The Museum Inn in Dorset is a place well versed in the needs of those enjoying countryside pursuits and is more than capable of serving them. With eight first class rooms – and a self-contained shooting lodge – the Museum Inn is perfectly poised to welcome shooting parties of varying sizes throughout the season.
It’s the shooting lodge – and the fantastic service that accompanies a stay there – that really makes the Museum Inn stand out as a destination for shoot parties. Known as Moles Cottage, this self-contained cottage has eight en-suite double rooms, a beautiful drawing room with a log fire, a fully fitted (and stocked) kitchen, and a dining room that sits 16 people. Most importantly, there’s a gun cabinet with enough space for 16 guns.
The building, built by General Augustus Lane Fox Pitt-Rivers, has been standing since the 17th century. It underwent a renovation in 2012 that overhauled the interior, but the pub itself has still retained an antiquated, cosy ambience that lures in the locals.
The Museum Inn is also near the DBW Clay Company, based in the Crichel Estate, where you can book clay shooting lessons or a game bird shoot. A short drive will take you to Shaftesbury, to visit the Hovis hill, or nearby Blandford Forum and Salisbury.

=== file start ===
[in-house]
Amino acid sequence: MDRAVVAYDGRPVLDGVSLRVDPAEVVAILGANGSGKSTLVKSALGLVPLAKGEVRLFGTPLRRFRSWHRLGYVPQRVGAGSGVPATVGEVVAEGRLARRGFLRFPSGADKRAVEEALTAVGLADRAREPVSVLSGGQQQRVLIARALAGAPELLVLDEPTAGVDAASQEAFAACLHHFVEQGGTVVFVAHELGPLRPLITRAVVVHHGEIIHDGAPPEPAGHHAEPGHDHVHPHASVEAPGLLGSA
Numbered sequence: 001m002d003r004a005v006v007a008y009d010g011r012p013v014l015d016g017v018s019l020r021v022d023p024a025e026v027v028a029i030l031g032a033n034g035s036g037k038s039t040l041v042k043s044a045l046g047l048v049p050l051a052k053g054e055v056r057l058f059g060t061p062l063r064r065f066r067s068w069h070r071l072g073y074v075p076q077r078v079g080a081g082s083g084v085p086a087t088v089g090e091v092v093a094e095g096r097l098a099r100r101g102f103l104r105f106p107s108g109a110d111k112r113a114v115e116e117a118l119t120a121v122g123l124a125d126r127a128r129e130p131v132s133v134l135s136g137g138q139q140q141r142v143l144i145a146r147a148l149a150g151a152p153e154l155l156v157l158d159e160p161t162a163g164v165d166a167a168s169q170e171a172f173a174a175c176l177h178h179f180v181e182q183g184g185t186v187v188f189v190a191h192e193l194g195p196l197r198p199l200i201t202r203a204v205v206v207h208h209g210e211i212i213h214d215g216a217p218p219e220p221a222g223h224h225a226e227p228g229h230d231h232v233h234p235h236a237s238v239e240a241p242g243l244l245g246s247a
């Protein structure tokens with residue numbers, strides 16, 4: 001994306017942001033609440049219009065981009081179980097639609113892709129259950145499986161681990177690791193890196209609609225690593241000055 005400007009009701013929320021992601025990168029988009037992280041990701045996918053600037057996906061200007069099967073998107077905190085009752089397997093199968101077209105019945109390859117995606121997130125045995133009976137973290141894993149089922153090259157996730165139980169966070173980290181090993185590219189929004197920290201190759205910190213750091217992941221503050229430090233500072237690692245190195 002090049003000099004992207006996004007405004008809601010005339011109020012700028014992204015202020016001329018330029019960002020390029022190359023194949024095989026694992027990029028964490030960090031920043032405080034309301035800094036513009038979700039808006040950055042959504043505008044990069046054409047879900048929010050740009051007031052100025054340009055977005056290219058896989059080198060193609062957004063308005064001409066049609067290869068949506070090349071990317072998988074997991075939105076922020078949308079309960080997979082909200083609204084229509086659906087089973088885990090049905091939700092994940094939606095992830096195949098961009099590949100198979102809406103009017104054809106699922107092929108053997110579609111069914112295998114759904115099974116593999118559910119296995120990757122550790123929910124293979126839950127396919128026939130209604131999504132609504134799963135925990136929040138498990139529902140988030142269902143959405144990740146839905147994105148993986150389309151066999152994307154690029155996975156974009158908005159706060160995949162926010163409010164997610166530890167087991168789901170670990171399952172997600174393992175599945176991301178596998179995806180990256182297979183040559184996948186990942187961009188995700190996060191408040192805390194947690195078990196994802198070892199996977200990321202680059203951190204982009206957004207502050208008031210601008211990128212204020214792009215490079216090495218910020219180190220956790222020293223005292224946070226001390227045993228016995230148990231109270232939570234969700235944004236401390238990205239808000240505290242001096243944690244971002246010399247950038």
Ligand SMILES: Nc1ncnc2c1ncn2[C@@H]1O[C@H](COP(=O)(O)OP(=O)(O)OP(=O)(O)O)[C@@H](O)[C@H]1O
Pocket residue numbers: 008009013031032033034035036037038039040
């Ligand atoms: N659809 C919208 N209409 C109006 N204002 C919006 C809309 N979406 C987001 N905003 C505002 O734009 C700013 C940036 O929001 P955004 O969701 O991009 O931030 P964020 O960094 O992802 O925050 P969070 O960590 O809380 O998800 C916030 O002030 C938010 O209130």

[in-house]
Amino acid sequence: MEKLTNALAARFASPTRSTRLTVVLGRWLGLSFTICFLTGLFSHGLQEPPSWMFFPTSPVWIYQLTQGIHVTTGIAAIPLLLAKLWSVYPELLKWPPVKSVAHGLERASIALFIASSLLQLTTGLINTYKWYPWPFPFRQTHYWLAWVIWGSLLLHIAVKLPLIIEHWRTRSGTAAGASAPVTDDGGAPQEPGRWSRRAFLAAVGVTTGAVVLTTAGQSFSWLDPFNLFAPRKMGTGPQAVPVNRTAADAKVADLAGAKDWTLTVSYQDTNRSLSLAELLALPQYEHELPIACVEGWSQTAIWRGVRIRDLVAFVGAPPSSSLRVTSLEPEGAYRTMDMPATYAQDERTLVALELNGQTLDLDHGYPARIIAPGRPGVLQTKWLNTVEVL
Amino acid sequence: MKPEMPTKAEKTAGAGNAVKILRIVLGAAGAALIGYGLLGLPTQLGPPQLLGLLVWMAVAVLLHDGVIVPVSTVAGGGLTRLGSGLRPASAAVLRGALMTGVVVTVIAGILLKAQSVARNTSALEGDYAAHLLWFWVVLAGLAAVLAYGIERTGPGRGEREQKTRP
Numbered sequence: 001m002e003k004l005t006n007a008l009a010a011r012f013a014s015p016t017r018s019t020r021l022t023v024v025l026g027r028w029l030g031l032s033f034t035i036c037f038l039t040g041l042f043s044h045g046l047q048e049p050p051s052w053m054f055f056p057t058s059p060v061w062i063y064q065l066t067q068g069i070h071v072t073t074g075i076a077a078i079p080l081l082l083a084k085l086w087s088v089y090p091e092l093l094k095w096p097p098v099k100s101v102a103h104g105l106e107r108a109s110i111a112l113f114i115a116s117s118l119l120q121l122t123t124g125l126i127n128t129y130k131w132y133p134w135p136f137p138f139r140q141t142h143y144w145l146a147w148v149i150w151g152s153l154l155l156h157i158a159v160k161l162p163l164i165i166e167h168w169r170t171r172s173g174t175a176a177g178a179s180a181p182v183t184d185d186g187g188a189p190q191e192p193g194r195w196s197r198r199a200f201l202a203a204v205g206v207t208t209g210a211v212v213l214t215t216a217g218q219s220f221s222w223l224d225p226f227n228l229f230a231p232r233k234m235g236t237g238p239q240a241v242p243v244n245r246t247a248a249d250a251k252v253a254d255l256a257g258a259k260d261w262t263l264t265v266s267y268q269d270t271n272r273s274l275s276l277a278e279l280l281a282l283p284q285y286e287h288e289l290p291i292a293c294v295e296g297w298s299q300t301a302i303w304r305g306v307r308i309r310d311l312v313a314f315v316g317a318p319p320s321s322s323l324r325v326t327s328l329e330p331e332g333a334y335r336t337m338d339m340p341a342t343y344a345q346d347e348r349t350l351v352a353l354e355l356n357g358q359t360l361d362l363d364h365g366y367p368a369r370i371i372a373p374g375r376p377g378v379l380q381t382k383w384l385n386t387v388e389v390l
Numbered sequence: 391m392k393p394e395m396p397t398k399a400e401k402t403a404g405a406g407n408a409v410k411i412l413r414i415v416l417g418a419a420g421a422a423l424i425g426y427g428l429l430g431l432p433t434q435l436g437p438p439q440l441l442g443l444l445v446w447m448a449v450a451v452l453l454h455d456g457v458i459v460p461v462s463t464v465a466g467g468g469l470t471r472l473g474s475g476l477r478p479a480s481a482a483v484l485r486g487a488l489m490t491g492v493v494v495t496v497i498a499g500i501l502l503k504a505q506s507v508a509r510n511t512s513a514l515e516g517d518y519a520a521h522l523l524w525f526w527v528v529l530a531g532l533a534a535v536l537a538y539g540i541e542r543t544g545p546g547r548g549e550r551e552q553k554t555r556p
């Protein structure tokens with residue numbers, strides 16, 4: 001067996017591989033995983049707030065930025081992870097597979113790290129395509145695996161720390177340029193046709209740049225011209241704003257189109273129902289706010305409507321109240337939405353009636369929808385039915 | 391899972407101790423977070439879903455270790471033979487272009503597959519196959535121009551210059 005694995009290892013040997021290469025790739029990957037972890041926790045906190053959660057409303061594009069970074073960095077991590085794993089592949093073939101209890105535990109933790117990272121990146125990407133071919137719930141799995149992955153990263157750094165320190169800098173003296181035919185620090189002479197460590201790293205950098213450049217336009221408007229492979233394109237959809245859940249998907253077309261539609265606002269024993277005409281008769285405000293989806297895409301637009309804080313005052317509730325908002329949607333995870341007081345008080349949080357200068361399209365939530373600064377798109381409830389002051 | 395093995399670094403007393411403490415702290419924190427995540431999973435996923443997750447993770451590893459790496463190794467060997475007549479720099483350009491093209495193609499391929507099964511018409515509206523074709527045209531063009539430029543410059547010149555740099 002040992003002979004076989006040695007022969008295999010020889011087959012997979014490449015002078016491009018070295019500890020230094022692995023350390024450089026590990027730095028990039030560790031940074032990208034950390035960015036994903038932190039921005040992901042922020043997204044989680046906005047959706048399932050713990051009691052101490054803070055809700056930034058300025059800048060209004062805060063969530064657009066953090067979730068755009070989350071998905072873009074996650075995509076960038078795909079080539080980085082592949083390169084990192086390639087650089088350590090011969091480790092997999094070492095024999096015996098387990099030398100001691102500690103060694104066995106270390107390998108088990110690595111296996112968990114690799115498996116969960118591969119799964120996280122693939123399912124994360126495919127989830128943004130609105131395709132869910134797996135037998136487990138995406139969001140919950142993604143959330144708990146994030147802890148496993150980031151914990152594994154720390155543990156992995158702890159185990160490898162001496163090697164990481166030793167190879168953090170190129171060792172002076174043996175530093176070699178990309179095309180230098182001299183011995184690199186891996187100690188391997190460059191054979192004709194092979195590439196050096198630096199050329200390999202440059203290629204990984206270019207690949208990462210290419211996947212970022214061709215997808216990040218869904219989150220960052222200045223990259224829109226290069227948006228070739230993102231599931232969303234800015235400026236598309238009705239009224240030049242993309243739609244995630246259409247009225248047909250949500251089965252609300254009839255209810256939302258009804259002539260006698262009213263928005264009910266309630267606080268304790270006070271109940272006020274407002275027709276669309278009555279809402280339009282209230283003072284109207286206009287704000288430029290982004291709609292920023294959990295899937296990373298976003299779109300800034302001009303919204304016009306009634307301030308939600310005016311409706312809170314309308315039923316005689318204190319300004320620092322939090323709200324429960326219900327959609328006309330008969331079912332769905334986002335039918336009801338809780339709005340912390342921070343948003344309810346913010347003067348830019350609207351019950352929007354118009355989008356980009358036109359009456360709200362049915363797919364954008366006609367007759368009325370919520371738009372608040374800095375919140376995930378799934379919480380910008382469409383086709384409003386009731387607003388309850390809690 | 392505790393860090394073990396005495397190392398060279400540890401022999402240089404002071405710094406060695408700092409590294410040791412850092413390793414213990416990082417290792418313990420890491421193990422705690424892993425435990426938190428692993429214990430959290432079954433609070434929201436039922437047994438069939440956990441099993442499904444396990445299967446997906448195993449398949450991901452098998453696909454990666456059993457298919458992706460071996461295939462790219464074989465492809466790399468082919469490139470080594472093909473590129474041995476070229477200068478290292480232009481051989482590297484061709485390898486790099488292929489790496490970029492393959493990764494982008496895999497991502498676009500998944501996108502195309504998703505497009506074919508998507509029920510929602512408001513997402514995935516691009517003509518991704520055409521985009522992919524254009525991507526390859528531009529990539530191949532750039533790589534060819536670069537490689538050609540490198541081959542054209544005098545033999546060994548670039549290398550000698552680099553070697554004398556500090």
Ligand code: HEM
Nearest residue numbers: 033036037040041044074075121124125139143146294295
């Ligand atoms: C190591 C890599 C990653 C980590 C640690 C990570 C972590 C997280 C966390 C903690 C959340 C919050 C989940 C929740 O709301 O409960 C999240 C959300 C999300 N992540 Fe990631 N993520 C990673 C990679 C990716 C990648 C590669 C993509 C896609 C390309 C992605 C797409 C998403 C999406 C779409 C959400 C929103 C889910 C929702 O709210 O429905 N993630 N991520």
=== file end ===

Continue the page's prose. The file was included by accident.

If you choose to stay in the area, relaxing at the Museum Inn is time well spent: there’s the resident’s sitting room with honesty bar to enjoy; The Shed to dine in, or the pub itself to settle down in, warmed by a hearty fire.
Dining here is a pleasure we strongly recommend and one the locals seem to share. The seasonal menu, when we visited, boasted venison parfait and pan friend pheasant breast alongside hand-dived scallops, Dorset snails on cheese rarebit toast and sea bream fillet with cockle & saffron sauce. The slow roasted pork belly, which we were told is a favourite with diners, surpassed our expectations and was tastier than anything that’s passed our lips previously.
We’d dine at the Museum Inn regularly, if it weren’t 120 miles from the office.